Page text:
To Oppose Torture, Senator McCain Should Support Applying the Army Field Manual Standards to the CIA
Senator McCain: “When, in 2005, the Congress voted to apply the Field Manual to the Department of Defense, it deliberately excluded the CIA. The Field Manual, a public document written for military use, is not always directly translatable to use by intelligence officers.”
Response: The Defense Intelligence Agency – which runs intelligence operations around the world – has no need to resort to any techniques beyond those described in the Army Field Manual. Neither Senator McCain nor anyone else has explained why the CIA has different requirements.
- General David Petraeus stated in a May 10, 2007 open letter to the troops: “Certainly, extreme physical action can make someone “talk;” however, what the individual says may be of questionable value. In fact, our experience in applying the interrogation standards laid out in the Army Field Manual (2-22.3) on Human Intelligence Collector Operations that was published last year shows that the techniques in the manual work effectively and humanely in eliciting information from detainees.”
- The approaches in the Field Manual were reviewed and endorsed by Director of National Intelligence — who coordinated with the CIA — as well as by the Director of the Defense Intelligence Agency, the joint staff, combatant commanders and their senior legal advisors worldwide, and each service’s secretary and Judge Advocate General.
Senator McCain: “I’d emphasize that the DTA permits the CIA to use different techniques than the military employs, but that it is not intended to permit the CIA to use unduly coercive techniques – indeed, the same act prohibits the use of any cruel, inhumane, or degrading treatment.”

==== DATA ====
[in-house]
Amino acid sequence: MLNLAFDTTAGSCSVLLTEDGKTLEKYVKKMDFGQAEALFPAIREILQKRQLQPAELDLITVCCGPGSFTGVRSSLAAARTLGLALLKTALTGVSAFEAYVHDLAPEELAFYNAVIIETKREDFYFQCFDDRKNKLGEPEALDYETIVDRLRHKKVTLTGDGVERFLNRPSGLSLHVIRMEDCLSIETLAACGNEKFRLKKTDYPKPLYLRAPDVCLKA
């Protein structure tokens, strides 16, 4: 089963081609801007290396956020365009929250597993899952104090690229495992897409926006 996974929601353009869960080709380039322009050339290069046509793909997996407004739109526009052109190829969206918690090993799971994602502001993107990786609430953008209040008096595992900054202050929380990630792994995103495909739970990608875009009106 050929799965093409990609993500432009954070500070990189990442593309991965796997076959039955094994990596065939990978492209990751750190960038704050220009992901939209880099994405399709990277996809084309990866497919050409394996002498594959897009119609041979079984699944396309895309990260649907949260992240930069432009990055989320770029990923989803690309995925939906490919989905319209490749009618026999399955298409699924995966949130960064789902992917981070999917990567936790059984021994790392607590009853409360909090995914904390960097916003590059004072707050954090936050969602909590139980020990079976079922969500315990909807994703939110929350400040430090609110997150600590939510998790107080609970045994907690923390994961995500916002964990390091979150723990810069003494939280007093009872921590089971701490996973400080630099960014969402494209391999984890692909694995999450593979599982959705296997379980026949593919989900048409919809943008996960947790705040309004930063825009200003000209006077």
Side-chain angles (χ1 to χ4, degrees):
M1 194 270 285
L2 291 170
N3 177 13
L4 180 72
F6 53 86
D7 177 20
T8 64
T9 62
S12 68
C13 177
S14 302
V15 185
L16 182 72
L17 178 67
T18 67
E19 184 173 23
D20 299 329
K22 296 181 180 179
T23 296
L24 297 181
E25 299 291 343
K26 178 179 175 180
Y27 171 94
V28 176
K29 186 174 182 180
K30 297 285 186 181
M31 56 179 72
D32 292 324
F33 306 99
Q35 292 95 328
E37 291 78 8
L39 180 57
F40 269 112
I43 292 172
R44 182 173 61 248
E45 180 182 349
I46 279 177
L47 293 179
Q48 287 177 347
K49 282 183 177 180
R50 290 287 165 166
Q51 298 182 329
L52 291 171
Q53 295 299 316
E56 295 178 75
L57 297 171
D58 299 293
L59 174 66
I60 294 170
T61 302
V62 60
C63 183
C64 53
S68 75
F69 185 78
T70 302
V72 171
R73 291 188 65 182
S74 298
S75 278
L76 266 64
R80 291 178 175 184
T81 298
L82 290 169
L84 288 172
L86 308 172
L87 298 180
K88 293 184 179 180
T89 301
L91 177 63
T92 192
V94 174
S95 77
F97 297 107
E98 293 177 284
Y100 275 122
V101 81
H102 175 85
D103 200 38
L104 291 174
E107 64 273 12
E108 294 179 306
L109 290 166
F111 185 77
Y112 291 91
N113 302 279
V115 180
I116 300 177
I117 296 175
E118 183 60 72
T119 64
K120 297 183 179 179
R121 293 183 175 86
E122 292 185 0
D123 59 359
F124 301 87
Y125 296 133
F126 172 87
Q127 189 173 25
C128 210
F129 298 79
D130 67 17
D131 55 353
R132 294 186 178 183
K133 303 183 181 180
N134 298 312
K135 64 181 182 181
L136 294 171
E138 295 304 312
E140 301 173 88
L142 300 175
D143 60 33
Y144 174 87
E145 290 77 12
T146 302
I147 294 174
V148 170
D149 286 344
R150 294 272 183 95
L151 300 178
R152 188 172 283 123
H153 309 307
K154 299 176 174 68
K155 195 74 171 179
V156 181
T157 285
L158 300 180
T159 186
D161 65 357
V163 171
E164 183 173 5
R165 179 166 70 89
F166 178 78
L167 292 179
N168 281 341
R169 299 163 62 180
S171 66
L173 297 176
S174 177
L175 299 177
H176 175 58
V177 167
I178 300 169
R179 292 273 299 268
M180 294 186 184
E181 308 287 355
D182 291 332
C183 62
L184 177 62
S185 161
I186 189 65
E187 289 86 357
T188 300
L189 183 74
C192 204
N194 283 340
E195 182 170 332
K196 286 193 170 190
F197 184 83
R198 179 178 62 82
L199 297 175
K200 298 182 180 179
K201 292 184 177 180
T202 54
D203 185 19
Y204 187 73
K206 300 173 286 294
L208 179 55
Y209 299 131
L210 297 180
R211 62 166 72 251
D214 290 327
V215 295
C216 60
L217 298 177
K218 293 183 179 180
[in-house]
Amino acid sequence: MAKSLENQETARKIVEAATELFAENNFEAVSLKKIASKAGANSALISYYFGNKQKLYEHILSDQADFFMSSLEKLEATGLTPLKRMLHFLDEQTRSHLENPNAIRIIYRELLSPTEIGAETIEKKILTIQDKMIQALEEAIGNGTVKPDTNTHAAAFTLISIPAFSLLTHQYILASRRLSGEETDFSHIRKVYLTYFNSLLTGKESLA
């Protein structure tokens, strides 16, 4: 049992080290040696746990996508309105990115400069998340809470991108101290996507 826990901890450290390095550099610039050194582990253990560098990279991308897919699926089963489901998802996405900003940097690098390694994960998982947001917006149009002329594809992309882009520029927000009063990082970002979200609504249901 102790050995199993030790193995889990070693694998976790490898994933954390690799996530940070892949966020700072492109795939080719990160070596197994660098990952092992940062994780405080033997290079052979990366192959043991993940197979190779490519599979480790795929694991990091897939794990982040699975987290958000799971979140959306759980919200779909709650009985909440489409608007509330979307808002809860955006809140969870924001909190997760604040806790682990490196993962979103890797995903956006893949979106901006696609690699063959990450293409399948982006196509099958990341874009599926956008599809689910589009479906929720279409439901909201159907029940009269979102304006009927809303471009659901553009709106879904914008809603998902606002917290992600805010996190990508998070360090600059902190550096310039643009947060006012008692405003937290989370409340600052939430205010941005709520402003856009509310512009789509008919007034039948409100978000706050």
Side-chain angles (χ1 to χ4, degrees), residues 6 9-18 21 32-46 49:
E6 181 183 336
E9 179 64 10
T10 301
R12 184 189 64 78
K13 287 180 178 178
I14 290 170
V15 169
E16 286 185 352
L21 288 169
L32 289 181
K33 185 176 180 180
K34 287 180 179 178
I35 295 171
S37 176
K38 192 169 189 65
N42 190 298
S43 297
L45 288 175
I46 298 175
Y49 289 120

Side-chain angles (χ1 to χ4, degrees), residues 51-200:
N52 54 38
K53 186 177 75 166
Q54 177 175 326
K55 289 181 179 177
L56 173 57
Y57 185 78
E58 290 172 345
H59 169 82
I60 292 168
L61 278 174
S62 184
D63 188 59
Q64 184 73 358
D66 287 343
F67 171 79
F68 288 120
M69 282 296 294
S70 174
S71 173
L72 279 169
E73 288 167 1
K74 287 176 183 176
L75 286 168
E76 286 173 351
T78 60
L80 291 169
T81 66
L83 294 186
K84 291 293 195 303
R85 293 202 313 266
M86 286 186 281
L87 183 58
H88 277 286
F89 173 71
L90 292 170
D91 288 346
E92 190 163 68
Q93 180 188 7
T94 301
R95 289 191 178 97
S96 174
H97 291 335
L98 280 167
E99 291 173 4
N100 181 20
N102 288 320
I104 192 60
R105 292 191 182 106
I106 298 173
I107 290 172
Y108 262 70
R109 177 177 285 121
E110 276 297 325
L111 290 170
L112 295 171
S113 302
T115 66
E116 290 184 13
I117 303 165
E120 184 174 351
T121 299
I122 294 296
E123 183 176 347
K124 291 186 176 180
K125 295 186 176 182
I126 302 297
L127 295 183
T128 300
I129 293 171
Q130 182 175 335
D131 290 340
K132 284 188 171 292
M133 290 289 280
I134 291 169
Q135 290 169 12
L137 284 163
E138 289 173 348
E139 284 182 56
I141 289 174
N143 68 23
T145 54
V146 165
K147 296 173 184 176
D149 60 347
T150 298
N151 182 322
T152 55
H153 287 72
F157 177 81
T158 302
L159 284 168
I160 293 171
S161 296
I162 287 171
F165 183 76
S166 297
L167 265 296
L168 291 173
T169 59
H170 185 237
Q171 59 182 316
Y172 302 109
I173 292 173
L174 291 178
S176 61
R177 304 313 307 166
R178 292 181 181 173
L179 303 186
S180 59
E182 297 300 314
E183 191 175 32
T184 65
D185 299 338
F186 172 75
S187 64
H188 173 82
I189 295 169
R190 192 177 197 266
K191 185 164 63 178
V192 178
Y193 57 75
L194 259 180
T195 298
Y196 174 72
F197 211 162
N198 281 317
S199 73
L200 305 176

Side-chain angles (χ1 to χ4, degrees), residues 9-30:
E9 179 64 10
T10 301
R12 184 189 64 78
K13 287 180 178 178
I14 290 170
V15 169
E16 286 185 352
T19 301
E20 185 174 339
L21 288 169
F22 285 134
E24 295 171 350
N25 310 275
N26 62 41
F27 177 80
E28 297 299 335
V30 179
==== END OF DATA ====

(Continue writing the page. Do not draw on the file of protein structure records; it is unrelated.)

Response One: But the CIA reportedly is using techniques that are cruel, inhuman, or degrading.
- ABC News reports there are four main techniques that have been authorized for use in the CIA program: physical assaults (“shaking,” “slapping”), hypothermia (dousing naked prisoner with cold water in room kept at 50°), stress position combined with sleep deprivation (feet shackled to floor bolt, prisoner forced to stand motionless for more than 40 hours) and waterboarding (creating what ABC News described as “a terrifying fear of drowning”). (ABC News, 11/8/05). Bush Administration officials have said that waterboarding is no longer in use, but the White House has reserved the right to use the technique in the future.
- In 2005, the CIA destroyed the tapes showing the interrogations of two high-value detainees – Abu Zubaydah and Abd al-Rahim al-Nashiri – who were reportedly subject to waterboarding, among other abuse. The tapes’ destruction is now the subject of an ongoing obstruction of justice inquiry.
Response Two: What are the additional techniques that do not violate the law that the CIA would like to use?
- If there are other techniques not included in the field manual that are lawful, humane, and effective to use against prisoners, wouldn’t Senator McCain want the military to have access to such techniques? After all, it is the military that most often finds itself in time sensitive situations where eliciting good intelligence from interrogations is crucial to saving lives.
Senator McCain: “Similarly, as I stated after passage of the Military Commissions Act in 2006, nothing contained in that bill would require the closure of the CIA’s detainee program; the only requirement was that any such program be in accordance with law and our treaty obligations, including Geneva Common Article 3.”
Response: In fact, the techniques reportedly being used by the CIA are not “in accordance with law and our treaty obligations, including Geneva Common Article 3.”
- On July 20, the President issued an Executive Order on the CIA interrogation program that fails to prohibit techniques including mock-drowning, sexual humiliation, severe isolation and sensory bombardment. These techniques are prohibited by U.S. law and could subject U.S. officials who authorize or use them to criminal prosecution. (Leave No Marks: "Enhanced" Interrogation Techniques and the Risk of Criminality, Human Rights First)